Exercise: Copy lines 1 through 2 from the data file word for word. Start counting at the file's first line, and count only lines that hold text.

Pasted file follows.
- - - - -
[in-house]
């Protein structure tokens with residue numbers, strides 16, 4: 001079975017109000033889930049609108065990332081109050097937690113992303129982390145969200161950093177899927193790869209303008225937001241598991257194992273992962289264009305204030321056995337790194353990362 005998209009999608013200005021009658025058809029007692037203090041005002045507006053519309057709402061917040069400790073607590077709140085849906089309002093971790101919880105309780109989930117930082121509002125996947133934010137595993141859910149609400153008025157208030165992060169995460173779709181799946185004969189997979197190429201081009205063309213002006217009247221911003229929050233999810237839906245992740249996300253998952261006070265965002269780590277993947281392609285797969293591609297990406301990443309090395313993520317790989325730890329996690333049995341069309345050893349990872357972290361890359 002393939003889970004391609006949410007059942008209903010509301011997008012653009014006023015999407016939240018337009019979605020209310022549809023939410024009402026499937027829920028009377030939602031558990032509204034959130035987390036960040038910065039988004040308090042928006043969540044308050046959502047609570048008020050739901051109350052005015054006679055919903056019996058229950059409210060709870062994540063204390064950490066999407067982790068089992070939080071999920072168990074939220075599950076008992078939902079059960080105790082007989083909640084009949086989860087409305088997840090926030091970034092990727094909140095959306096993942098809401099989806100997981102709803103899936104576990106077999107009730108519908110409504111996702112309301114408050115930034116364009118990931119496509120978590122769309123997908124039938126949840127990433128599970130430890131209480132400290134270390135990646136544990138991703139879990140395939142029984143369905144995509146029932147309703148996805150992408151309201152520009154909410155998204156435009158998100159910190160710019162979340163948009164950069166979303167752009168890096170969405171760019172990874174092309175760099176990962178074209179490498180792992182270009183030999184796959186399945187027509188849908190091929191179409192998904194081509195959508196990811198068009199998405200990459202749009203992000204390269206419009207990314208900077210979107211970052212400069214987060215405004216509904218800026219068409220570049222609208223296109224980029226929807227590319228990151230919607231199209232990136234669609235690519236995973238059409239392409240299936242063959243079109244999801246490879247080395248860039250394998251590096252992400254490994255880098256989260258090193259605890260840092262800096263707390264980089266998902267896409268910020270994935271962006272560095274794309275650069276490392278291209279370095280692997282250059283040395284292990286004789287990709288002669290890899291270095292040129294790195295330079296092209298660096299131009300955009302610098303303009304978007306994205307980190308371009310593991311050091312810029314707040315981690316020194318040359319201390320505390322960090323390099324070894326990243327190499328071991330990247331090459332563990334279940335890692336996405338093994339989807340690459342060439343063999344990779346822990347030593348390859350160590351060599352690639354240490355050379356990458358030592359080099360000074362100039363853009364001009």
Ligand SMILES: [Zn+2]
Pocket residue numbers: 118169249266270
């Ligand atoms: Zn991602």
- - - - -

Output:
[in-house]
């Protein structure tokens with residue numbers, strides 16, 4: 001079975017109000033889930049609108065990332081109050097937690113992303129982390145969200161950093177899927193790869209303008225937001241598991257194992273992962289264009305204030321056995337790194353990362 005998209009999608013200005021009658025058809029007692037203090041005002045507006053519309057709402061917040069400790073607590077709140085849906089309002093971790101919880105309780109989930117930082121509002125996947133934010137595993141859910149609400153008025157208030165992060169995460173779709181799946185004969189997979197190429201081009205063309213002006217009247221911003229929050233999810237839906245992740249996300253998952261006070265965002269780590277993947281392609285797969293591609297990406301990443309090395313993520317790989325730890329996690333049995341069309345050893349990872357972290361890359 002393939003889970004391609006949410007059942008209903010509301011997008012653009014006023015999407016939240018337009019979605020209310022549809023939410024009402026499937027829920028009377030939602031558990032509204034959130035987390036960040038910065039988004040308090042928006043969540044308050046959502047609570048008020050739901051109350052005015054006679055919903056019996058229950059409210060709870062994540063204390064950490066999407067982790068089992070939080071999920072168990074939220075599950076008992078939902079059960080105790082007989083909640084009949086989860087409305088997840090926030091970034092990727094909140095959306096993942098809401099989806100997981102709803103899936104576990106077999107009730108519908110409504111996702112309301114408050115930034116364009118990931119496509120978590122769309123997908124039938126949840127990433128599970130430890131209480132400290134270390135990646136544990138991703139879990140395939142029984143369905144995509146029932147309703148996805150992408151309201152520009154909410155998204156435009158998100159910190160710019162979340163948009164950069166979303167752009168890096170969405171760019172990874174092309175760099176990962178074209179490498180792992182270009183030999184796959186399945187027509188849908190091929191179409192998904194081509195959508196990811198068009199998405200990459202749009203992000204390269206419009207990314208900077210979107211970052212400069214987060215405004216509904218800026219068409220570049222609208223296109224980029226929807227590319228990151230919607231199209232990136234669609235690519236995973238059409239392409240299936242063959243079109244999801246490879247080395248860039250394998251590096252992400254490994255880098256989260258090193259605890260840092262800096263707390264980089266998902267896409268910020270994935271962006272560095274794309275650069276490392278291209279370095280692997282250059283040395284292990286004789287990709288002669290890899291270095292040129294790195295330079296092209298660096299131009300955009302610098303303009304978007306994205307980190308371009310593991311050091312810029314707040315981690316020194318040359319201390320505390322960090323390099324070894326990243327190499328071991330990247331090459332563990334279940335890692336996405338093994339989807340690459342060439343063999344990779346822990347030593348390859350160590351060599352690639354240490355050379356990458358030592359080099360000074362100039363853009364001009």